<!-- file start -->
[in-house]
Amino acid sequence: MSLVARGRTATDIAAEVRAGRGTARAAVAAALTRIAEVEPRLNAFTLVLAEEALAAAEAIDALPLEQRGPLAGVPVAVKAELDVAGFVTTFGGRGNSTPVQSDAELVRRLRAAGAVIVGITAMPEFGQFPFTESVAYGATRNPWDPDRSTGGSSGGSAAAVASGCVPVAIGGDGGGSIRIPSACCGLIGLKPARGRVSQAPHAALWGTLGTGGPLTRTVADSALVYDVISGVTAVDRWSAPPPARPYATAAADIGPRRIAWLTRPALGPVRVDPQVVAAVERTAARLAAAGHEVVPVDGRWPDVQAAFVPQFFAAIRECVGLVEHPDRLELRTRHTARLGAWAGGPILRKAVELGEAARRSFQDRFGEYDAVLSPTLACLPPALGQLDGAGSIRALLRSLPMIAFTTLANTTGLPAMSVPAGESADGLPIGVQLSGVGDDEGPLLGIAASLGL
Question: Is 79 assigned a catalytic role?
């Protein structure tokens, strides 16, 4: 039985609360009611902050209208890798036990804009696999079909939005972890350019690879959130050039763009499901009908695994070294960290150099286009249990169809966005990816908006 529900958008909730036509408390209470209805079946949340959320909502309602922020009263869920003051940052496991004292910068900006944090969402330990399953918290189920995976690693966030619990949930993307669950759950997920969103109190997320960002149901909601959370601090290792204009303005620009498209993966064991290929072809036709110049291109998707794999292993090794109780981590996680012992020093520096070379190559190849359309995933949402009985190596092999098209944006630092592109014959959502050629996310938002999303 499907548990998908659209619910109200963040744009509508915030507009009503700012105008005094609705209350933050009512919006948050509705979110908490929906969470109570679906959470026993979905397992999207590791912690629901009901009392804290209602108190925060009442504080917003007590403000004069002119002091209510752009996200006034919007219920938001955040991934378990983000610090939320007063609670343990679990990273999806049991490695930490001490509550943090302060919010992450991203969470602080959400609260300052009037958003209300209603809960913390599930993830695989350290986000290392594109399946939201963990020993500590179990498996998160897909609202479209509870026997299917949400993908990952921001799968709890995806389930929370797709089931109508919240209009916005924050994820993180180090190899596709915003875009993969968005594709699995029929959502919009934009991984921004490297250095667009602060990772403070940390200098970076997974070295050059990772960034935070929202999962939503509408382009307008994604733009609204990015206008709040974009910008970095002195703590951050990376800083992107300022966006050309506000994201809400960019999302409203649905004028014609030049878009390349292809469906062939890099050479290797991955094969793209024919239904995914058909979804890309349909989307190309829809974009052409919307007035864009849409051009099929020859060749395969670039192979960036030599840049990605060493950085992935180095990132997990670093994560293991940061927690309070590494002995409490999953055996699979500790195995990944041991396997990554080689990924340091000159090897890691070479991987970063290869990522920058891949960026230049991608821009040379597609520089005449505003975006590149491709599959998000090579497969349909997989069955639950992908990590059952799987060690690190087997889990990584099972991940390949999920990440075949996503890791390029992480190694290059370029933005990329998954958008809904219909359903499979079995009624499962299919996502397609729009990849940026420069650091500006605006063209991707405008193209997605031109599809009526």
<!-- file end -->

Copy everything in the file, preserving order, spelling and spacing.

[in-house]
Amino acid sequence: MSLVARGRTATDIAAEVRAGRGTARAAVAAALTRIAEVEPRLNAFTLVLAEEALAAAEAIDALPLEQRGPLAGVPVAVKAELDVAGFVTTFGGRGNSTPVQSDAELVRRLRAAGAVIVGITAMPEFGQFPFTESVAYGATRNPWDPDRSTGGSSGGSAAAVASGCVPVAIGGDGGGSIRIPSACCGLIGLKPARGRVSQAPHAALWGTLGTGGPLTRTVADSALVYDVISGVTAVDRWSAPPPARPYATAAADIGPRRIAWLTRPALGPVRVDPQVVAAVERTAARLAAAGHEVVPVDGRWPDVQAAFVPQFFAAIRECVGLVEHPDRLELRTRHTARLGAWAGGPILRKAVELGEAARRSFQDRFGEYDAVLSPTLACLPPALGQLDGAGSIRALLRSLPMIAFTTLANTTGLPAMSVPAGESADGLPIGVQLSGVGDDEGPLLGIAASLGL
Question: Is 79 assigned a catalytic role?
């Protein structure tokens, strides 16, 4: 039985609360009611902050209208890798036990804009696999079909939005972890350019690879959130050039763009499901009908695994070294960290150099286009249990169809966005990816908006 529900958008909730036509408390209470209805079946949340959320909502309602922020009263869920003051940052496991004292910068900006944090969402330990399953918290189920995976690693966030619990949930993307669950759950997920969103109190997320960002149901909601959370601090290792204009303005620009498209993966064991290929072809036709110049291109998707794999292993090794109780981590996680012992020093520096070379190559190849359309995933949402009985190596092999098209944006630092592109014959959502050629996310938002999303 499907548990998908659209619910109200963040744009509508915030507009009503700012105008005094609705209350933050009512919006948050509705979110908490929906969470109570679906959470026993979905397992999207590791912690629901009901009392804290209602108190925060009442504080917003007590403000004069002119002091209510752009996200006034919007219920938001955040991934378990983000610090939320007063609670343990679990990273999806049991490695930490001490509550943090302060919010992450991203969470602080959400609260300052009037958003209300209603809960913390599930993830695989350290986000290392594109399946939201963990020993500590179990498996998160897909609202479209509870026997299917949400993908990952921001799968709890995806389930929370797709089931109508919240209009916005924050994820993180180090190899596709915003875009993969968005594709699995029929959502919009934009991984921004490297250095667009602060990772403070940390200098970076997974070295050059990772960034935070929202999962939503509408382009307008994604733009609204990015206008709040974009910008970095002195703590951050990376800083992107300022966006050309506000994201809400960019999302409203649905004028014609030049878009390349292809469906062939890099050479290797991955094969793209024919239904995914058909979804890309349909989307190309829809974009052409919307007035864009849409051009099929020859060749395969670039192979960036030599840049990605060493950085992935180095990132997990670093994560293991940061927690309070590494002995409490999953055996699979500790195995990944041991396997990554080689990924340091000159090897890691070479991987970063290869990522920058891949960026230049991608821009040379597609520089005449505003975006590149491709599959998000090579497969349909997989069955639950992908990590059952799987060690690190087997889990990584099972991940390949999920990440075949996503890791390029992480190694290059370029933005990329998954958008809904219909359903499979079995009624499962299919996502397609729009990849940026420069650091500006605006063209991707405008193209997605031109599809009526």